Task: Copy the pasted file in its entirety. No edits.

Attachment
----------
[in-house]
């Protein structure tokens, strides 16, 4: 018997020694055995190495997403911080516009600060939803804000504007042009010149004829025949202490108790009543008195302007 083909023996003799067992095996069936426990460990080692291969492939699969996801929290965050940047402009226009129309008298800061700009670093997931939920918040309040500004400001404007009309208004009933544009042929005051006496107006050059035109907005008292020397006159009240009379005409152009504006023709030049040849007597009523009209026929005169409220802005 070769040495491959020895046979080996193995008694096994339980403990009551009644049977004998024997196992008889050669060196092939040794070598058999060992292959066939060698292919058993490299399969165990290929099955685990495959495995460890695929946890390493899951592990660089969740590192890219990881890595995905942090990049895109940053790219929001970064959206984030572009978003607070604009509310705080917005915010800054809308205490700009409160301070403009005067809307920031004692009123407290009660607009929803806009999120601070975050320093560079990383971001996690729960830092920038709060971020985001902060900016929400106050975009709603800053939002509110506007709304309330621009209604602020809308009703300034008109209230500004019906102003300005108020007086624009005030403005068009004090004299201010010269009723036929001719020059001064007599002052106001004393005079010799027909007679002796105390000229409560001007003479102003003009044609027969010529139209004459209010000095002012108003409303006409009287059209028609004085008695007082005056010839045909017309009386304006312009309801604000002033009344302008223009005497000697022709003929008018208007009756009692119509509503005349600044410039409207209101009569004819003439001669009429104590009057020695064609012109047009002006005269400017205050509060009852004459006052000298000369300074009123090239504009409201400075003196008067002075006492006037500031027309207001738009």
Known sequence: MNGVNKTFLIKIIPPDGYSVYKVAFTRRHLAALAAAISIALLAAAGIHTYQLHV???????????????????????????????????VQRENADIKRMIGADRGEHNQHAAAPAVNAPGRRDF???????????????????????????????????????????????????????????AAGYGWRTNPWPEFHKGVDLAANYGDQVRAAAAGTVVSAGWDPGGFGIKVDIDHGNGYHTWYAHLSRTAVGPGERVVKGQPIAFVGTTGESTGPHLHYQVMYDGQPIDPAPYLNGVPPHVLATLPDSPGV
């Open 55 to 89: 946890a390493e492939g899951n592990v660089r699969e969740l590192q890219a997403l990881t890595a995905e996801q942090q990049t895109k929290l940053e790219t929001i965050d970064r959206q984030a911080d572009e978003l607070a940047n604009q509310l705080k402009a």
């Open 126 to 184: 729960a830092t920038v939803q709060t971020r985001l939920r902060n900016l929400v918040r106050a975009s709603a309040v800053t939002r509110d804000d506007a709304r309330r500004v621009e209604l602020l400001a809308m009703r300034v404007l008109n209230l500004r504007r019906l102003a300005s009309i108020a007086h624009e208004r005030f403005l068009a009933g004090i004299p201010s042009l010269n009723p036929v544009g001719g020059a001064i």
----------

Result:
[in-house]
């Protein structure tokens, strides 16, 4: 018997020694055995190495997403911080516009600060939803804000504007042009010149004829025949202490108790009543008195302007 083909023996003799067992095996069936426990460990080692291969492939699969996801929290965050940047402009226009129309008298800061700009670093997931939920918040309040500004400001404007009309208004009933544009042929005051006496107006050059035109907005008292020397006159009240009379005409152009504006023709030049040849007597009523009209026929005169409220802005 070769040495491959020895046979080996193995008694096994339980403990009551009644049977004998024997196992008889050669060196092939040794070598058999060992292959066939060698292919058993490299399969165990290929099955685990495959495995460890695929946890390493899951592990660089969740590192890219990881890595995905942090990049895109940053790219929001970064959206984030572009978003607070604009509310705080917005915010800054809308205490700009409160301070403009005067809307920031004692009123407290009660607009929803806009999120601070975050320093560079990383971001996690729960830092920038709060971020985001902060900016929400106050975009709603800053939002509110506007709304309330621009209604602020809308009703300034008109209230500004019906102003300005108020007086624009005030403005068009004090004299201010010269009723036929001719020059001064007599002052106001004393005079010799027909007679002796105390000229409560001007003479102003003009044609027969010529139209004459209010000095002012108003409303006409009287059209028609004085008695007082005056010839045909017309009386304006312009309801604000002033009344302008223009005497000697022709003929008018208007009756009692119509509503005349600044410039409207209101009569004819003439001669009429104590009057020695064609012109047009002006005269400017205050509060009852004459006052000298000369300074009123090239504009409201400075003196008067002075006492006037500031027309207001738009």
Known sequence: MNGVNKTFLIKIIPPDGYSVYKVAFTRRHLAALAAAISIALLAAAGIHTYQLHV???????????????????????????????????VQRENADIKRMIGADRGEHNQHAAAPAVNAPGRRDF???????????????????????????????????????????????????????????AAGYGWRTNPWPEFHKGVDLAANYGDQVRAAAAGTVVSAGWDPGGFGIKVDIDHGNGYHTWYAHLSRTAVGPGERVVKGQPIAFVGTTGESTGPHLHYQVMYDGQPIDPAPYLNGVPPHVLATLPDSPGV
């Open 55 to 89: 946890a390493e492939g899951n592990v660089r699969e969740l590192q890219a997403l990881t890595a995905e996801q942090q990049t895109k929290l940053e790219t929001i965050d970064r959206q984030a911080d572009e978003l607070a940047n604009q509310l705080k402009a």
């Open 126 to 184: 729960a830092t920038v939803q709060t971020r985001l939920r902060n900016l929400v918040r106050a975009s709603a309040v800053t939002r509110d804000d506007a709304r309330r500004v621009e209604l602020l400001a809308m009703r300034v404007l008109n209230l500004r504007r019906l102003a300005s009309i108020a007086h624009e208004r005030f403005l068009a009933g004090i004299p201010s042009l010269n009723p036929v544009g001719g020059a001064i």